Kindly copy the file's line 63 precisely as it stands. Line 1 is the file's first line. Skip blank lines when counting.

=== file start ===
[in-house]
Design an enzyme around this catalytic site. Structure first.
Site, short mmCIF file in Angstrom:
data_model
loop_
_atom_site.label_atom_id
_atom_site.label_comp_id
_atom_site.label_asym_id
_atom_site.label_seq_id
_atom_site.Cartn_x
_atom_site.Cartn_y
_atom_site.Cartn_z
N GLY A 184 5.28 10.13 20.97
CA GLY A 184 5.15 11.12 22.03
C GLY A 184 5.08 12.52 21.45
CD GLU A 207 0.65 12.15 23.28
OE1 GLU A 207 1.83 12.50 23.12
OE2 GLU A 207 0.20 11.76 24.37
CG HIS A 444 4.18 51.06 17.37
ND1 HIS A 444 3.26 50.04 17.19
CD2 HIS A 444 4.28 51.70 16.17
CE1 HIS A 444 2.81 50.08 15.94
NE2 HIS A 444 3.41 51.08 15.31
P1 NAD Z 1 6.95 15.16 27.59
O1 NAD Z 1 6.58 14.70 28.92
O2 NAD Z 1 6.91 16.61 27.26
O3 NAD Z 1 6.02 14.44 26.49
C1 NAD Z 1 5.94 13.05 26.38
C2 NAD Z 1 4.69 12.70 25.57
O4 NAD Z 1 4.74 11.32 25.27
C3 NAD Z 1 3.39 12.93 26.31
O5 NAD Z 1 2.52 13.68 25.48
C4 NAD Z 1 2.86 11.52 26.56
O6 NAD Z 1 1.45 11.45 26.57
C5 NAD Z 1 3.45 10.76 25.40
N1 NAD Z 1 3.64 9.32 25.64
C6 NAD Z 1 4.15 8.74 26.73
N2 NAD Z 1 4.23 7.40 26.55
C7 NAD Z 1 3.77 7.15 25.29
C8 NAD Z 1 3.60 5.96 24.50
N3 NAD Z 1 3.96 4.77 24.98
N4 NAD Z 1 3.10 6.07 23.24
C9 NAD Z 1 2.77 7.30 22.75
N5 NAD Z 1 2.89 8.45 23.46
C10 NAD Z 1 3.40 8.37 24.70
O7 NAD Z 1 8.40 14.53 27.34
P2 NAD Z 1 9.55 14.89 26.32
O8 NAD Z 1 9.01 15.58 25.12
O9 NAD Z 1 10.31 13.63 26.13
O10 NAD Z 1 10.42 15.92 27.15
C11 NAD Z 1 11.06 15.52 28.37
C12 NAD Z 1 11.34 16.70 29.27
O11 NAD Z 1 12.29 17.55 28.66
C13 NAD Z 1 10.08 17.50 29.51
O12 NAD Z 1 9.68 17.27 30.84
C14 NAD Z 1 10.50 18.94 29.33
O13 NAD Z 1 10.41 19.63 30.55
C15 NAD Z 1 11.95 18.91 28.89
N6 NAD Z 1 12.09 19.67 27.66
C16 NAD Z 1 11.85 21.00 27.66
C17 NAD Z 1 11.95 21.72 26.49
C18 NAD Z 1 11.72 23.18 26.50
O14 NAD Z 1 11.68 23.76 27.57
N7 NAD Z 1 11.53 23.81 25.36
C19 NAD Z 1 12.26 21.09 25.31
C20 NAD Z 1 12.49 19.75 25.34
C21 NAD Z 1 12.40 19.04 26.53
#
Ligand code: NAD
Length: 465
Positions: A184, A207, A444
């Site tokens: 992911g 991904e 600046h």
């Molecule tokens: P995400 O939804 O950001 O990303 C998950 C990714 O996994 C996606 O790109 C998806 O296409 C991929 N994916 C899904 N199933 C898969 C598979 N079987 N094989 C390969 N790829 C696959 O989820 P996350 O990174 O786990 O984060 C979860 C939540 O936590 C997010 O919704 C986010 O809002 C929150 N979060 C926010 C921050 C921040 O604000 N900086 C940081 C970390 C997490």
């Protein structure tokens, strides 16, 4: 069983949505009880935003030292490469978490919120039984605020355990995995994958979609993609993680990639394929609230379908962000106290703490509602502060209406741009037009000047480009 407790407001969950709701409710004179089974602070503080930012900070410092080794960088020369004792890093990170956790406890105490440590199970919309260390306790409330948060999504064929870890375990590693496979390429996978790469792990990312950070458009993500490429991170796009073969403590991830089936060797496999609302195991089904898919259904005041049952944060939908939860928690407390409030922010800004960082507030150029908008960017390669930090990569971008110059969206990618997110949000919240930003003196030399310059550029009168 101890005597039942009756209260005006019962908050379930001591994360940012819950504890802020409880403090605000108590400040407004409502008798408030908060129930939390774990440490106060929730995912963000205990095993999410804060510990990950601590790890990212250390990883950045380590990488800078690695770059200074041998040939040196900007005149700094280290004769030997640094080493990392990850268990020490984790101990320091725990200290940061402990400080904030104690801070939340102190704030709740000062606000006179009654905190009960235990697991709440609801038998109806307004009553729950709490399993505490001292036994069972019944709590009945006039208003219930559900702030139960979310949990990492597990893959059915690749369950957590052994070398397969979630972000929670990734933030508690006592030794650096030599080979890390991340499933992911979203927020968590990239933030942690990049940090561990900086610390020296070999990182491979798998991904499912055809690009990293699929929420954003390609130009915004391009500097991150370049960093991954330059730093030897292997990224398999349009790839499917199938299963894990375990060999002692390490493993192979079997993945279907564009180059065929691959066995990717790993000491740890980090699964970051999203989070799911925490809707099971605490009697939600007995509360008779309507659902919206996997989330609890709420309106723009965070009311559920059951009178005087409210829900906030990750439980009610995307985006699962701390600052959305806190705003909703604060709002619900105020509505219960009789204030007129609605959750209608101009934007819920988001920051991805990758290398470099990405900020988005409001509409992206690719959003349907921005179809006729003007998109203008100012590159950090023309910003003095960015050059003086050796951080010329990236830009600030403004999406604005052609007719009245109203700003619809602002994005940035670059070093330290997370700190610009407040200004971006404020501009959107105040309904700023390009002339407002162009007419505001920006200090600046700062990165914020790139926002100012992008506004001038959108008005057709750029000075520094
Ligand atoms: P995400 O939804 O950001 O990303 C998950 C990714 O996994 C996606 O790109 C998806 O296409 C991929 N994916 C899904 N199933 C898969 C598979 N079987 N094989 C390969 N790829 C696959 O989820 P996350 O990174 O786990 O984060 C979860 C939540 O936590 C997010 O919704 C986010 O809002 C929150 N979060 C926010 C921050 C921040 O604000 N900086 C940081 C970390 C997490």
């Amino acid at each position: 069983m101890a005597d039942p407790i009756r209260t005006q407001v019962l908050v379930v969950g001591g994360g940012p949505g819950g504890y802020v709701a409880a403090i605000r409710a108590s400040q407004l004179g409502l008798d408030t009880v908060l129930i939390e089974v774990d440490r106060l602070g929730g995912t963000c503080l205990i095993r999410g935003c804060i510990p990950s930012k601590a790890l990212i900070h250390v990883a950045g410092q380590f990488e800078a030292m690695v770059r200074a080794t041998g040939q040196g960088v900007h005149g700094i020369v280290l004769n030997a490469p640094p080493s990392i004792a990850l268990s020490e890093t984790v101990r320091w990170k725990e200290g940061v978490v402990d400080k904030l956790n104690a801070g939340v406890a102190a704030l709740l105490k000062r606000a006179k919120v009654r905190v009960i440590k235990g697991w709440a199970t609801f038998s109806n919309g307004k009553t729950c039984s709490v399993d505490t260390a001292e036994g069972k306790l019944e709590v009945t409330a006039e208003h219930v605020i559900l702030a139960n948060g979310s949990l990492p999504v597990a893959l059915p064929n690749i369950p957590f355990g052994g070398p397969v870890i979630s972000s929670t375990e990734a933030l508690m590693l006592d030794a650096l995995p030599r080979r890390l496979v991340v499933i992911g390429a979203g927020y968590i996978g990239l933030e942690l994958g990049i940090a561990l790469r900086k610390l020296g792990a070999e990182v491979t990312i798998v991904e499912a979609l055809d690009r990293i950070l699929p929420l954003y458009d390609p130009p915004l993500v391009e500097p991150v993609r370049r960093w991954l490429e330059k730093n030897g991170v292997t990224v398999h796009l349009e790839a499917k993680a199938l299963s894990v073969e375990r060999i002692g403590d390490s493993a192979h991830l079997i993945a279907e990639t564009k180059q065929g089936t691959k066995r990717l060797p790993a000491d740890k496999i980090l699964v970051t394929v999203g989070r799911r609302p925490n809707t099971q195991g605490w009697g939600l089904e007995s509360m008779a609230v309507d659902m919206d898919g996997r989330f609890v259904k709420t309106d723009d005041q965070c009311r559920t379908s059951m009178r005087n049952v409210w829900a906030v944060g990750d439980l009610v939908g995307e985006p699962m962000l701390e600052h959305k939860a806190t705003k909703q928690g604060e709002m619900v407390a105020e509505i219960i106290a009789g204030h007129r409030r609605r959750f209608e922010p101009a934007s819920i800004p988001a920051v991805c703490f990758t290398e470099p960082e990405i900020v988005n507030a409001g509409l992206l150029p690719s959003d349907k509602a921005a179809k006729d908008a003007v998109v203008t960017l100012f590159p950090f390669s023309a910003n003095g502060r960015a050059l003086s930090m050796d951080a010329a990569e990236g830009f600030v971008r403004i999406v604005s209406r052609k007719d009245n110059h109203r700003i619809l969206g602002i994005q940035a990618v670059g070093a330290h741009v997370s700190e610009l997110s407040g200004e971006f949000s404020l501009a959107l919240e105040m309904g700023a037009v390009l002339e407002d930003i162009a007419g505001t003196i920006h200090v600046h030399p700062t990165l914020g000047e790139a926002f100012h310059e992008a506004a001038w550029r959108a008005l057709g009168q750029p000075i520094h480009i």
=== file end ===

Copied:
O14 NAD Z 1 11.68 23.76 27.57